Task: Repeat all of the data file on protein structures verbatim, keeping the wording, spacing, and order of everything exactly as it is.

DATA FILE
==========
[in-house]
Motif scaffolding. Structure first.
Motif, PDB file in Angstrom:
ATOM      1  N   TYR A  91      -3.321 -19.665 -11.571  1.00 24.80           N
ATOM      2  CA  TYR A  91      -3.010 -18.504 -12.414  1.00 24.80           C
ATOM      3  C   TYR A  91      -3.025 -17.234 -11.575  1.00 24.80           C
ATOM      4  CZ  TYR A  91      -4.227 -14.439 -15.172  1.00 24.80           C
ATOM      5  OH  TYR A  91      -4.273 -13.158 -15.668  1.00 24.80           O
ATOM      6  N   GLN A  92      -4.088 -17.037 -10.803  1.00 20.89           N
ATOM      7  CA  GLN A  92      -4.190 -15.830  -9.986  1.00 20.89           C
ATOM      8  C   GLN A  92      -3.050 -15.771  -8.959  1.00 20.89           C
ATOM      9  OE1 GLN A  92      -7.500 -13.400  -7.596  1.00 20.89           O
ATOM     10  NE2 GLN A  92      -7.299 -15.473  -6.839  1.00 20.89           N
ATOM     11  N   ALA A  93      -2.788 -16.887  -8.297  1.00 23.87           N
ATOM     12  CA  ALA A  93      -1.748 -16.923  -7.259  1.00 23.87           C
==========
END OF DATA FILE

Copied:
[in-house]
Motif scaffolding. Structure first.
Motif, PDB file in Angstrom:
ATOM      1  N   TYR A  91      -3.321 -19.665 -11.571  1.00 24.80           N
ATOM      2  CA  TYR A  91      -3.010 -18.504 -12.414  1.00 24.80           C
ATOM      3  C   TYR A  91      -3.025 -17.234 -11.575  1.00 24.80           C
ATOM      4  CZ  TYR A  91      -4.227 -14.439 -15.172  1.00 24.80           C
ATOM      5  OH  TYR A  91      -4.273 -13.158 -15.668  1.00 24.80           O
ATOM      6  N   GLN A  92      -4.088 -17.037 -10.803  1.00 20.89           N
ATOM      7  CA  GLN A  92      -4.190 -15.830  -9.986  1.00 20.89           C
ATOM      8  C   GLN A  92      -3.050 -15.771  -8.959  1.00 20.89           C
ATOM      9  OE1 GLN A  92      -7.500 -13.400  -7.596  1.00 20.89           O
ATOM     10  NE2 GLN A  92      -7.299 -15.473  -6.839  1.00 20.89           N
ATOM     11  N   ALA A  93      -2.788 -16.887  -8.297  1.00 23.87           N
ATOM     12  CA  ALA A  93      -1.748 -16.923  -7.259  1.00 23.87           C